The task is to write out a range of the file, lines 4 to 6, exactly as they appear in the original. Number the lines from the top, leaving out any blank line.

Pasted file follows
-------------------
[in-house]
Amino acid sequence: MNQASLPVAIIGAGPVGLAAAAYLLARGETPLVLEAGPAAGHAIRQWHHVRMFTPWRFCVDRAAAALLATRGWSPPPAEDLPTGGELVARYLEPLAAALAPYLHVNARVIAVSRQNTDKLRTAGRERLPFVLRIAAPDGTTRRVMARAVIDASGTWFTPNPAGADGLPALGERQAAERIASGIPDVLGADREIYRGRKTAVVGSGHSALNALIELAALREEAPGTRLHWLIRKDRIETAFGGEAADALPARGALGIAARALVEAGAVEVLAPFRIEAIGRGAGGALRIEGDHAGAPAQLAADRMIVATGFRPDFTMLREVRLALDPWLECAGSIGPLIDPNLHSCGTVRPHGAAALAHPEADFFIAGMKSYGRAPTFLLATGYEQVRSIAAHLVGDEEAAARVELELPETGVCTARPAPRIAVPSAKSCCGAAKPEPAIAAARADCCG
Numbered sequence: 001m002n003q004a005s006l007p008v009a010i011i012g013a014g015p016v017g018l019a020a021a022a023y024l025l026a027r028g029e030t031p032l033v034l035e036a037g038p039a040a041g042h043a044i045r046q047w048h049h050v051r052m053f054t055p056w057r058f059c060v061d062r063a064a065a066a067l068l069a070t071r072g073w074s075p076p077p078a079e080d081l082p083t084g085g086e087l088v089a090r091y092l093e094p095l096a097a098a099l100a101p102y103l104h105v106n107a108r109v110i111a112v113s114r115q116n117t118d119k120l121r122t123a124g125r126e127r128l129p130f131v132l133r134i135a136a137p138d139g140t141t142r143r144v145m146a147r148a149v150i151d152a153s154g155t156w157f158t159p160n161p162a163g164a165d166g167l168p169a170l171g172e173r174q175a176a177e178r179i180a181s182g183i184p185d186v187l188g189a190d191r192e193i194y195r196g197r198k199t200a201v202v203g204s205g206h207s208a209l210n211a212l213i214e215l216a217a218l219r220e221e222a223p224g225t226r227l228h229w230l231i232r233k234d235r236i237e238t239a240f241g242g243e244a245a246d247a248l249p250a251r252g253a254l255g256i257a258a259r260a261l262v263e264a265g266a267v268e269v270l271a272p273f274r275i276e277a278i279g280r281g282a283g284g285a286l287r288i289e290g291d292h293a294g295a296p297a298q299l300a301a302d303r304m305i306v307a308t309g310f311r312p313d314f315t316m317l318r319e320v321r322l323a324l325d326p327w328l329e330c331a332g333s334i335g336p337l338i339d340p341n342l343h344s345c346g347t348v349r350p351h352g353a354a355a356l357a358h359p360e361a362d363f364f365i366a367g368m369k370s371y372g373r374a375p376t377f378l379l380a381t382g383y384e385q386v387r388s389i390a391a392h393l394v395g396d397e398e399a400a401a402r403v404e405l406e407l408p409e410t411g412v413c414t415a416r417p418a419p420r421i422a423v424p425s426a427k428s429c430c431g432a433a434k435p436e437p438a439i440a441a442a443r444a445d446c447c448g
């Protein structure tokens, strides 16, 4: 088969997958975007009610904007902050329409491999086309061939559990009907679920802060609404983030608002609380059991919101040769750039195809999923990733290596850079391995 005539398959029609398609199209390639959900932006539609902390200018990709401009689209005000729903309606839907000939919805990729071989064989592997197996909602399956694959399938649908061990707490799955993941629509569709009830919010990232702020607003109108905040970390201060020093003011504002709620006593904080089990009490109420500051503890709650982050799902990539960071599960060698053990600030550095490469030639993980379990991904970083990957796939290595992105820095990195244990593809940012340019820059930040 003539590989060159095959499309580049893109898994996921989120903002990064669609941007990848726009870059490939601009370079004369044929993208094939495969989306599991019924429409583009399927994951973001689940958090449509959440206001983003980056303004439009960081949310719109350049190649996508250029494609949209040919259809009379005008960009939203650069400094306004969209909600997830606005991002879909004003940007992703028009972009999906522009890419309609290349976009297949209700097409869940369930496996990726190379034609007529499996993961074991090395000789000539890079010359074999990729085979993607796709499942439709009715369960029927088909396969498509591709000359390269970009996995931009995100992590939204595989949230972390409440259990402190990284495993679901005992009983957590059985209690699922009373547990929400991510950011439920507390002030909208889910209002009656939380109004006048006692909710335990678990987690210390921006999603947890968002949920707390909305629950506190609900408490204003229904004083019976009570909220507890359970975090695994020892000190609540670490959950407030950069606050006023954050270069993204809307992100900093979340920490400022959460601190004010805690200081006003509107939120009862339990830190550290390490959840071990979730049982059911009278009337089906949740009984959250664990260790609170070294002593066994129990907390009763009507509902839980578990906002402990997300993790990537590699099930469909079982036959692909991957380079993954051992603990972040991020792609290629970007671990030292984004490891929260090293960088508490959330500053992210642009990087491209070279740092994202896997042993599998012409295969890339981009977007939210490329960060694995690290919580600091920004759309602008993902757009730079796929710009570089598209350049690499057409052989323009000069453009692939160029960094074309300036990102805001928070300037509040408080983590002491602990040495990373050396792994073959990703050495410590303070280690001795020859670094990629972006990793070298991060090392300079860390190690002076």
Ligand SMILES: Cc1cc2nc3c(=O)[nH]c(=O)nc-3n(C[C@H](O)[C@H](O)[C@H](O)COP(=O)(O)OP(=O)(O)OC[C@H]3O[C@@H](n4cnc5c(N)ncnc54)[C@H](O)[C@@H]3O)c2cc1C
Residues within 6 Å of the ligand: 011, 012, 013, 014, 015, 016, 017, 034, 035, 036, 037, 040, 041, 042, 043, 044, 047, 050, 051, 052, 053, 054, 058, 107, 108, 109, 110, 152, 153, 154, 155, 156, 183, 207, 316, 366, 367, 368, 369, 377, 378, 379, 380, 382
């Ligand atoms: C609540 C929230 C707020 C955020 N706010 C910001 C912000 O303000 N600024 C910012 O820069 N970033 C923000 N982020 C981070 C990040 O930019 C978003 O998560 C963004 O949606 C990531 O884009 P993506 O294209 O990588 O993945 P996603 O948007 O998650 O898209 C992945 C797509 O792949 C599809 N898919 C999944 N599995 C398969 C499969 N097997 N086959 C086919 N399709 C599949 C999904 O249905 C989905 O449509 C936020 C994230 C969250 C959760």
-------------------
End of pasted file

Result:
């Protein structure tokens, strides 16, 4: 088969997958975007009610904007902050329409491999086309061939559990009907679920802060609404983030608002609380059991919101040769750039195809999923990733290596850079391995 005539398959029609398609199209390639959900932006539609902390200018990709401009689209005000729903309606839907000939919805990729071989064989592997197996909602399956694959399938649908061990707490799955993941629509569709009830919010990232702020607003109108905040970390201060020093003011504002709620006593904080089990009490109420500051503890709650982050799902990539960071599960060698053990600030550095490469030639993980379990991904970083990957796939290595992105820095990195244990593809940012340019820059930040 003539590989060159095959499309580049893109898994996921989120903002990064669609941007990848726009870059490939601009370079004369044929993208094939495969989306599991019924429409583009399927994951973001689940958090449509959440206001983003980056303004439009960081949310719109350049190649996508250029494609949209040919259809009379005008960009939203650069400094306004969209909600997830606005991002879909004003940007992703028009972009999906522009890419309609290349976009297949209700097409869940369930496996990726190379034609007529499996993961074991090395000789000539890079010359074999990729085979993607796709499942439709009715369960029927088909396969498509591709000359390269970009996995931009995100992590939204595989949230972390409440259990402190990284495993679901005992009983957590059985209690699922009373547990929400991510950011439920507390002030909208889910209002009656939380109004006048006692909710335990678990987690210390921006999603947890968002949920707390909305629950506190609900408490204003229904004083019976009570909220507890359970975090695994020892000190609540670490959950407030950069606050006023954050270069993204809307992100900093979340920490400022959460601190004010805690200081006003509107939120009862339990830190550290390490959840071990979730049982059911009278009337089906949740009984959250664990260790609170070294002593066994129990907390009763009507509902839980578990906002402990997300993790990537590699099930469909079982036959692909991957380079993954051992603990972040991020792609290629970007671990030292984004490891929260090293960088508490959330500053992210642009990087491209070279740092994202896997042993599998012409295969890339981009977007939210490329960060694995690290919580600091920004759309602008993902757009730079796929710009570089598209350049690499057409052989323009000069453009692939160029960094074309300036990102805001928070300037509040408080983590002491602990040495990373050396792994073959990703050495410590303070280690001795020859670094990629972006990793070298991060090392300079860390190690002076």
Ligand SMILES: Cc1cc2nc3c(=O)[nH]c(=O)nc-3n(C[C@H](O)[C@H](O)[C@H](O)COP(=O)(O)OP(=O)(O)OC[C@H]3O[C@@H](n4cnc5c(N)ncnc54)[C@H](O)[C@@H]3O)c2cc1C
Residues within 6 Å of the ligand: 011, 012, 013, 014, 015, 016, 017, 034, 035, 036, 037, 040, 041, 042, 043, 044, 047, 050, 051, 052, 053, 054, 058, 107, 108, 109, 110, 152, 153, 154, 155, 156, 183, 207, 316, 366, 367, 368, 369, 377, 378, 379, 380, 382